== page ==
Guide to Idaho’s best clothing-optional hot springs
IN IDAHO, geothermal geology and remote, mountainous geography combine to produce some of the most plentiful and enjoyable hot springs anywhere in the US. There are 130 to choose from, and below you’ll find 5 of the best, where au naturel is the soaking style of choice.
Important note: Please remember to keep your footprint light — stay on trails and pack out everything you bring to the hot springs. Working together helps us keep these special places clean and safe for years to come.
Goldbug Hot Springs
Set in the Lemhi Range, between the small towns of Salmon and Challis, lies Idaho’s most beautiful high-desert hot springs. A chain of six or so waterfall-fed pools and some truly epic mountain views are the reward for those willing to take on the two-mile hike up shade-deprived switchbacks to get here.
Pool temperatures vary from chilly to toasty depending on time of year (dip in a finger or toe before sticking a leg in). It’s not often you encounter swimsuits given the remoteness of the area. Sun protection, extra water, and food are more of a must, especially during the warmer months.
Near mile marker 282 on Highway 93, turn east onto a dirt road and drive the short distance to trailhead parking. Follow the marked trail for 2 miles (mostly uphill) to reach the pools. Note that there’s over 900 feet of elevation to conquer, with the majority occurring in the last half mile.
Bowery Hot Springs
Located next to the East Fork of the Salmon River, Bowery Hot Springs features a fiberglass hot tub with hot springs plumbing. The tub is replaced every once in a while, though is typically in somewhat of a rustic, yet functional, condition. It’ll probably be empty when you arrive, as visitors are encouraged to drain and clean the tub after use. It takes up to an hour to fill, after which you’ll probably want to bucket in some water from the river to reach your ideal temp. Nothing to do then but relax and enjoy the peaceful forest surroundings (and clean the tub once you’re done, of course).
From Highway 75, not far from the town of Clayton, take Forest Service Road 120 (aka East Fork Salmon River Road) south for almost 30 miles, to where it ends at a gate before reaching a Sawtooth National Forest guard station. Park here and hike south past the station along the river to the hot springs.
Jerry Johnson Hot Springs
Three hot springs sources, each with its own set of rock-walled pools, await at the end of an easy one-mile hike through the ultra-lush Clearwater National Forest, home of the beautiful Clearwater River. Going nude is so much the norm here there’s a sign saying so at the trailhead. Don’t be too surprised if you encounter an opportunistic clothing-optional hiker on the way in or out!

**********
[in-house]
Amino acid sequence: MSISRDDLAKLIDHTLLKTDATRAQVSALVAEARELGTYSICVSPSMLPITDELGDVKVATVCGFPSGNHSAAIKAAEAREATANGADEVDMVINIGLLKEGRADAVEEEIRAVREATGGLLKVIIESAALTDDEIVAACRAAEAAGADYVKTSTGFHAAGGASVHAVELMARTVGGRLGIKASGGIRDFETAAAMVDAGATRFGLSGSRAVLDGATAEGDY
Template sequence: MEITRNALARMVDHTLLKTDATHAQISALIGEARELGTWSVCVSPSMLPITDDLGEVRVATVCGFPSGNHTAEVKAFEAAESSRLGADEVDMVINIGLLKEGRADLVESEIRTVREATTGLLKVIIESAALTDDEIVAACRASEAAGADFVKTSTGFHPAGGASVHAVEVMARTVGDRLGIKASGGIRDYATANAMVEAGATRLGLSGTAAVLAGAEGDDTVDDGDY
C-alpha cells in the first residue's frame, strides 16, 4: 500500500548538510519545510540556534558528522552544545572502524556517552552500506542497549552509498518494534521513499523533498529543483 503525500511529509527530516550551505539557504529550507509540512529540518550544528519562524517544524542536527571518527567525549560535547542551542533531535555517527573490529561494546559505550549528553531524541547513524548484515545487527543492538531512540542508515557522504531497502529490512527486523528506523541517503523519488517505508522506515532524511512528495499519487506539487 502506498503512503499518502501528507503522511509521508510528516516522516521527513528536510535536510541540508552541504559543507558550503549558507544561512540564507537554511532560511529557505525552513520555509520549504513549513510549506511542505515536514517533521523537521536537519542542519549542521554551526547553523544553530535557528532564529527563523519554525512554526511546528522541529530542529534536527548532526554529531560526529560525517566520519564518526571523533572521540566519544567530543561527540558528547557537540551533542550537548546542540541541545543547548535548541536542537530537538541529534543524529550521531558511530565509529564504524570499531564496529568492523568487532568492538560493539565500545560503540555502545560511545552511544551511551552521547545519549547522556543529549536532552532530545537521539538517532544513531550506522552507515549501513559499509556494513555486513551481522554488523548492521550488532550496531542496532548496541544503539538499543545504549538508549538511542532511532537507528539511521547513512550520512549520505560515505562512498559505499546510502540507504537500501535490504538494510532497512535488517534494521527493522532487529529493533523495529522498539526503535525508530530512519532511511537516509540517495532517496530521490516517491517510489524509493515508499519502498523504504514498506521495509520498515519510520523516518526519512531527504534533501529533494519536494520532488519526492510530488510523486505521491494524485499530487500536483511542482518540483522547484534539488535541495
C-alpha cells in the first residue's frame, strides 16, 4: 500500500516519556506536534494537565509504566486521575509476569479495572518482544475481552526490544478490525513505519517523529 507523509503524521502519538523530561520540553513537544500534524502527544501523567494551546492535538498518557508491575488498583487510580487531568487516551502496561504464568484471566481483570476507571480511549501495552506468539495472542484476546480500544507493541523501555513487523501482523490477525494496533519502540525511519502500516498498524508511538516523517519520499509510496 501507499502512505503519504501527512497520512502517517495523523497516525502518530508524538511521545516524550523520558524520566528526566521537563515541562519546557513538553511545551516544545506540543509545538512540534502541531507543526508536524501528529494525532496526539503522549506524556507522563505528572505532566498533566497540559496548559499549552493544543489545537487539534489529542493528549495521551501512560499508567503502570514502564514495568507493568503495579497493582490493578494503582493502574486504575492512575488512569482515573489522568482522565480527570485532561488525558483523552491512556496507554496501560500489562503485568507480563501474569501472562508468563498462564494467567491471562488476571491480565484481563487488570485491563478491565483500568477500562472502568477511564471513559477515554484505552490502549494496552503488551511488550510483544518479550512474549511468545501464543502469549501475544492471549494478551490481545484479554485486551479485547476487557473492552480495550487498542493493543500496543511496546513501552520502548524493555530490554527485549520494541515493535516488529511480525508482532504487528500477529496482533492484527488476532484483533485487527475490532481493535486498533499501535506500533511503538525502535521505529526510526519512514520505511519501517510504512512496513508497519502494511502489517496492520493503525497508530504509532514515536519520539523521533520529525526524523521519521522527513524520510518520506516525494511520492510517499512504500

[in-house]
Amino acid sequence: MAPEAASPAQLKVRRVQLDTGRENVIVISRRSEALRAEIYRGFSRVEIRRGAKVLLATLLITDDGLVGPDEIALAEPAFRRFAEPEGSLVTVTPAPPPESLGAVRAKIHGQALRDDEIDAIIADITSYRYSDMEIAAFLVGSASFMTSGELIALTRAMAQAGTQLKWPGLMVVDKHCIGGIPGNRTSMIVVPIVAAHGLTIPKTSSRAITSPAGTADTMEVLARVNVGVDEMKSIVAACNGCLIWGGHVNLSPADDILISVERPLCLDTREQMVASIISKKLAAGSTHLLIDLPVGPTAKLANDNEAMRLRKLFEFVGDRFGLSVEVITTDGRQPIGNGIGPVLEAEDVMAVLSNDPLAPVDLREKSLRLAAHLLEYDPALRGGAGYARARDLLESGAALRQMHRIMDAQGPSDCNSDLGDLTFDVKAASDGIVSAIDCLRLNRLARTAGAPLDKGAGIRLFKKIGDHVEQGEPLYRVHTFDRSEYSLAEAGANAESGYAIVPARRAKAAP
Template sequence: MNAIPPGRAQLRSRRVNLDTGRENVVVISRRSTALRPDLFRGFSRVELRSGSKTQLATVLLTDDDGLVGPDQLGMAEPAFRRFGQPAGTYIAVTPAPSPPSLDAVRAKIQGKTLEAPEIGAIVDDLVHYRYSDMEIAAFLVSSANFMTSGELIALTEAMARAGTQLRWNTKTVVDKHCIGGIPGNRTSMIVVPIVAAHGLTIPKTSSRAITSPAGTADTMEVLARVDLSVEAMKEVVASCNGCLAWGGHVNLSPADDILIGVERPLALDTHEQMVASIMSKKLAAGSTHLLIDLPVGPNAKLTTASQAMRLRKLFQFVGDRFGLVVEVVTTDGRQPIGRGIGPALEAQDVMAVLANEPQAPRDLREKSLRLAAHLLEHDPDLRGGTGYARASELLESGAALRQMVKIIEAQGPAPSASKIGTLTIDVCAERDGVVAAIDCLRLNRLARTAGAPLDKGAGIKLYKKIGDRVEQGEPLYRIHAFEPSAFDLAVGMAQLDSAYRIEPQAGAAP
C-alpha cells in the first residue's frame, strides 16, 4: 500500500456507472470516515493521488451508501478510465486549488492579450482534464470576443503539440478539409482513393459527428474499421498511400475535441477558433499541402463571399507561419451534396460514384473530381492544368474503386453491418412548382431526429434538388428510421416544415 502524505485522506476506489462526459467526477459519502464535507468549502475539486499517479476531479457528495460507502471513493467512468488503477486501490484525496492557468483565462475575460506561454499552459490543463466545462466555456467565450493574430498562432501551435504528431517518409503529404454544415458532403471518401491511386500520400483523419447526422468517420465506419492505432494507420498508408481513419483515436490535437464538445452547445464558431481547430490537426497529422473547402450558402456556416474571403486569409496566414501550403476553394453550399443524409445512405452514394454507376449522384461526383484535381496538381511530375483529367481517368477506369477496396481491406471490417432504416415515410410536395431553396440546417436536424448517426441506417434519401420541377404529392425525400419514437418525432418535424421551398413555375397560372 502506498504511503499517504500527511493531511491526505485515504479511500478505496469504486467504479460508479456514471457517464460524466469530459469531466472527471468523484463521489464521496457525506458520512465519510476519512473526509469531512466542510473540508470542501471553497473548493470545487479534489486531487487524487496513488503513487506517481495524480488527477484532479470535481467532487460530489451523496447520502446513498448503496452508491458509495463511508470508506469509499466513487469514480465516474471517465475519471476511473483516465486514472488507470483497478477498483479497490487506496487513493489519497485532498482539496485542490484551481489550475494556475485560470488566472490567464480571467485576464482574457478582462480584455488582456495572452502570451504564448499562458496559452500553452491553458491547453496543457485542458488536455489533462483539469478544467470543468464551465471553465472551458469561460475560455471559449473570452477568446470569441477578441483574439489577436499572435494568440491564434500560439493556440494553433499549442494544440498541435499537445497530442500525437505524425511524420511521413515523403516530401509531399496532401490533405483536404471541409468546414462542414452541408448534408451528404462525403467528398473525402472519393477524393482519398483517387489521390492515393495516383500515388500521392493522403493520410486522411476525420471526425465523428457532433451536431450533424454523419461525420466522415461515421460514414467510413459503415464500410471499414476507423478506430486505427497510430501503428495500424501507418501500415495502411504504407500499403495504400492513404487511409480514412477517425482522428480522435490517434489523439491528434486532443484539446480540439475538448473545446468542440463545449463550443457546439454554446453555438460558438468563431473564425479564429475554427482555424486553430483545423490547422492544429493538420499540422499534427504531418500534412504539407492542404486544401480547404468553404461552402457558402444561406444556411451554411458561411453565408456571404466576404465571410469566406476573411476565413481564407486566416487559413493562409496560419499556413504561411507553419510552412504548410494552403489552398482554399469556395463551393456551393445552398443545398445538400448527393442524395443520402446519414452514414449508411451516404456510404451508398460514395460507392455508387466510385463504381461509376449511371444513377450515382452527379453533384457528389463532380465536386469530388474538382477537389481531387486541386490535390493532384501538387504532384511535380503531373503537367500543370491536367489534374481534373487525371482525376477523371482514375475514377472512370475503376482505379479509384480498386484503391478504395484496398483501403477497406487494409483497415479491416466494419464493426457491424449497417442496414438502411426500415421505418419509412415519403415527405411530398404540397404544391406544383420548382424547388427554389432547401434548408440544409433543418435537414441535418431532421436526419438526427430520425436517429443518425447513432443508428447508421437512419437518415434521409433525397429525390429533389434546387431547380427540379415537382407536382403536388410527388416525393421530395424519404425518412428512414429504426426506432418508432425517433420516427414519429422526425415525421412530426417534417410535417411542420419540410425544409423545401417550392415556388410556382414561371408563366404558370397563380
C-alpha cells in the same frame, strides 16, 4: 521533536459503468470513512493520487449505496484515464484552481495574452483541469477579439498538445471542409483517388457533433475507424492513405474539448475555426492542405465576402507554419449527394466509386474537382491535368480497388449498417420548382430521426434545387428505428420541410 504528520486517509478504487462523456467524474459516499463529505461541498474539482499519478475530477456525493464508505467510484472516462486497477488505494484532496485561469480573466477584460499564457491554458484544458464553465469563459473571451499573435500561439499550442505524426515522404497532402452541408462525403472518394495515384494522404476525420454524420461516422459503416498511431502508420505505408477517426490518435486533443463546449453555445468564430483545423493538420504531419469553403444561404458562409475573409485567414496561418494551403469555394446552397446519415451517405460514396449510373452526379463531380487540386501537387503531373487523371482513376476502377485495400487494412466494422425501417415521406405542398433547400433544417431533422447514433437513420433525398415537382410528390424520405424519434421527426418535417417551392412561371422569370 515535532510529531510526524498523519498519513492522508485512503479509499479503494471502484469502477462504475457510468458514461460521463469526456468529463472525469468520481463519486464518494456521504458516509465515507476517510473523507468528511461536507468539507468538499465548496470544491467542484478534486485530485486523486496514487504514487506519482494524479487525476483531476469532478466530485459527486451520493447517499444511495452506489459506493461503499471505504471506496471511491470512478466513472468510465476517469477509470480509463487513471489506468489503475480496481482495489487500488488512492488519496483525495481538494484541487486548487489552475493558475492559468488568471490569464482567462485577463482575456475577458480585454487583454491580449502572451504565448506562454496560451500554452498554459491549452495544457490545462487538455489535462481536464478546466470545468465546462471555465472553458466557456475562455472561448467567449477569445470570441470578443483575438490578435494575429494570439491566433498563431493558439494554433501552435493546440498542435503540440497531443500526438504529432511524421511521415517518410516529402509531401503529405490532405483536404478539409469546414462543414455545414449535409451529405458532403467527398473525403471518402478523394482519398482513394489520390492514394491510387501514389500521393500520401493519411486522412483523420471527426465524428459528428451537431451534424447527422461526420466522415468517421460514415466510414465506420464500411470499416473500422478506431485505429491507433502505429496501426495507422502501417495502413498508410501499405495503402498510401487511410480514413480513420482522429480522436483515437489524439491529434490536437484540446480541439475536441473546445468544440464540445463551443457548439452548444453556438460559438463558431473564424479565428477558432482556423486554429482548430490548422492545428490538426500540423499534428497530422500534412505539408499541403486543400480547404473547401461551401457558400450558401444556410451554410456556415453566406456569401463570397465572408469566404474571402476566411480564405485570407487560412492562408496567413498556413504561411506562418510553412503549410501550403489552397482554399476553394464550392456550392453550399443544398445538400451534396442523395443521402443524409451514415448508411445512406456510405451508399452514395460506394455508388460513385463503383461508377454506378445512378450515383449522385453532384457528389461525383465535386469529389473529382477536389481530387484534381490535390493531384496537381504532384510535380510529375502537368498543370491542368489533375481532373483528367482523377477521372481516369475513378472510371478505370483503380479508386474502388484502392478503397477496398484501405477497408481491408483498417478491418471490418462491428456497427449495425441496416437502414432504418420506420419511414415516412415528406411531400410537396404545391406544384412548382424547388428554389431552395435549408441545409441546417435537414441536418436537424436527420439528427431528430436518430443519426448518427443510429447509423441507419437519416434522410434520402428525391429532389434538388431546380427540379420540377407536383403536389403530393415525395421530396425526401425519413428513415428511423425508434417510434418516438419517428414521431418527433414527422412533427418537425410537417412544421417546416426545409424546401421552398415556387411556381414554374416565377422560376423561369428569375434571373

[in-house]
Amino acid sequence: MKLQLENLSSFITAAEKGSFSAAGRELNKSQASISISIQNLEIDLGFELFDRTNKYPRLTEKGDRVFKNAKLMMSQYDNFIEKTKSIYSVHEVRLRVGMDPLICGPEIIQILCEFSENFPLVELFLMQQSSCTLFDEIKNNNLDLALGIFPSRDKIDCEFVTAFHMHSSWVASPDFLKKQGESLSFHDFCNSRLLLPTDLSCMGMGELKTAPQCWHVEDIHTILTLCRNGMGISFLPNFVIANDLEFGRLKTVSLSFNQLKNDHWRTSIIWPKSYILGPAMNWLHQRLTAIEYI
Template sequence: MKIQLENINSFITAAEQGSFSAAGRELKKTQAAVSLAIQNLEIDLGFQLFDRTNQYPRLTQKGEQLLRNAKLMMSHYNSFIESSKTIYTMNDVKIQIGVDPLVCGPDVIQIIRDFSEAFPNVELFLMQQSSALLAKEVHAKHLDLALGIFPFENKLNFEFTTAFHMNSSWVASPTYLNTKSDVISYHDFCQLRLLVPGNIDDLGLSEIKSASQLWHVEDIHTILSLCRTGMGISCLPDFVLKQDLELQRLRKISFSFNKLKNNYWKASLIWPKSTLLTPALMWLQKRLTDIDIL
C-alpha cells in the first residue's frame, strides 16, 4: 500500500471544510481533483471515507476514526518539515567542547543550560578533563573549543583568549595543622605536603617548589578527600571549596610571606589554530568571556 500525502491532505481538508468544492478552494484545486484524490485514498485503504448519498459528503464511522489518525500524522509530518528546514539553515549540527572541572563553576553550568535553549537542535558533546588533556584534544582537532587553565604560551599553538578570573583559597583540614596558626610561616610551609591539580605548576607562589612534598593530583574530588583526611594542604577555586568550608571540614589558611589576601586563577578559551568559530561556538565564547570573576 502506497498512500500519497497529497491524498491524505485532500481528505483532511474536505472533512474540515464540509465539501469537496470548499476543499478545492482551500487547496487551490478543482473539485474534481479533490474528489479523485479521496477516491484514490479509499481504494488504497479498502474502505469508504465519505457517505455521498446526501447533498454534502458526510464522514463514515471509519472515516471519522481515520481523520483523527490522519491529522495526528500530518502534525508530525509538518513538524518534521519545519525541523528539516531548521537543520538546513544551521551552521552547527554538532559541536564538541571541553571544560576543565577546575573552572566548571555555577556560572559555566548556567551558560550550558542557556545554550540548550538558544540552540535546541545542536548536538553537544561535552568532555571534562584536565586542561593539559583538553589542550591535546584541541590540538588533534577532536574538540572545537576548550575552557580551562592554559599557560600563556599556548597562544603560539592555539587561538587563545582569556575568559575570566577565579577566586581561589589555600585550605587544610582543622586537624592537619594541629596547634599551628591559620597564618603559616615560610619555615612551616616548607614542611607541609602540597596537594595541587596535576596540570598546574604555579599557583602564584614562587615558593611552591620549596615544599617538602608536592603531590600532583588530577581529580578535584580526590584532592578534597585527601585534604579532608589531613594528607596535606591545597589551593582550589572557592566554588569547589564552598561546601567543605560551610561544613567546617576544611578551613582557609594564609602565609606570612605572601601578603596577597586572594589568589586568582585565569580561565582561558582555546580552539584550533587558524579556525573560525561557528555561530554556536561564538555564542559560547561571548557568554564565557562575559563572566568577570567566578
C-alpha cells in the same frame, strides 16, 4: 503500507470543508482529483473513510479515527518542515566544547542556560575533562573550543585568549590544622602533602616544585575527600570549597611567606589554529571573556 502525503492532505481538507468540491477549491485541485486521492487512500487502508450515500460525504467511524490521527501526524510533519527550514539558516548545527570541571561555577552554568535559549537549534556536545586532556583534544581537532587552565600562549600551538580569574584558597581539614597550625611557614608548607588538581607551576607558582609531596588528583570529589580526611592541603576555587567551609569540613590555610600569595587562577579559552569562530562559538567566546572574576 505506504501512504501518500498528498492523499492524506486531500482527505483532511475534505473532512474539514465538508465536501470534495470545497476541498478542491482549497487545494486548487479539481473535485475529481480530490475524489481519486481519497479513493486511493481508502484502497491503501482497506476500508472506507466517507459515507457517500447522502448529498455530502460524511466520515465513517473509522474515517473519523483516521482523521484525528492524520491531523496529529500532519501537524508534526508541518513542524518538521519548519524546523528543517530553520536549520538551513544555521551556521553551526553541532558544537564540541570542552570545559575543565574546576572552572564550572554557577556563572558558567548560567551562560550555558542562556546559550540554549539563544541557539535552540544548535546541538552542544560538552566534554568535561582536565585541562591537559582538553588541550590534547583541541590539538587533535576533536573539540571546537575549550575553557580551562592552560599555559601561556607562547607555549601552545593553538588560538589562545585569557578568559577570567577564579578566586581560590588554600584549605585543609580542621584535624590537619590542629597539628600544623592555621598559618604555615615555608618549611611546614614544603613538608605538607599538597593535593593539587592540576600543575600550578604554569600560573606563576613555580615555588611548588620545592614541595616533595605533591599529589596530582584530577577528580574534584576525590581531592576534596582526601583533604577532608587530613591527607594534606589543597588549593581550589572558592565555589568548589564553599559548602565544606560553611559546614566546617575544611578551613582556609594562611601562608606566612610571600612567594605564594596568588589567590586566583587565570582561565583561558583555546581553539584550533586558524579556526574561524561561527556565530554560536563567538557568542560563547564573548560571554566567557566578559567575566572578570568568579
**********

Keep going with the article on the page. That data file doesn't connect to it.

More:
Temperatures in the source 1 pools vary by season, from ice cold to boiling hot. At source 2, it’s 100-105°F for the landlocked pool, with the rest varying depending on proximity to the river. Source 3 is usually a perfect 103°F.
From Powell Junction, take Highway 12 west for just over 10 miles to a large pullout marked Warm Springs Trailhead. Hike across the Warm Springs pack bridge over the Lochsa River to a fork. Take the trail west signed to Jerry Johnson Hot Springs — it leads to the first of three water sources.
West Pass Hot Springs
An old mine shaft, abandoned because miners struck hot-springer gold, is the source that feeds the three cast-iron bathtubs known as West Pass Hot Springs. Located deep within the scenic Sawtooth National Recreation Area, the tubs at West Pass sit on a hillside bluff overlooking the rushing waters of West Pass Creek. You can freely forget the swimsuit this far off-grid.
The tubs are filled with rubber hoses that transport hot water from the source. Remember to test the temperature before climbing in, and don’t forget to drain and clean the tubs after enjoying a stellar soak.
Refer to the directions above for Bowery Hot Springs. A half mile before reaching the gate and parking area for Bowery on Forest Service Road 120, head east less than a half mile up a bumpy road to a parking area. Follow the path from there — it’s a short distance to the hot springs.
Loftus Hot Springs
Loftus Hot Springs is tucked away near the Middle Fork of the Boise River, next to a service road within the boundaries of Boise National Forest. The temperature of the main rock-and-mortar-reinforced pool is usually near perfect, clocking in between 102°F and 105°F.
Waterfall fed, sandy bottomed, and a few feet deep, it’s one of those hot springs that’s tough to beat. You’re pretty far from civilization here, and as such, Loftus is hospitable for those wanting to soak minus the suit (though you may want to keep swimwear within reach due to the proximity of the road).
North of Boise on Highway 21, take Forest Service Road 268 (aka the Middle Fork Boise River Road) east over 30 long, washboard miles toward the remote mining town of Atlanta. Look for the parking area on the west side of the road, opposite the Boise River and close to mile marker 34. Follow a short path from the parking area to the hot springs.
This post is proudly produced in partnership with our friends at Visit Idaho.
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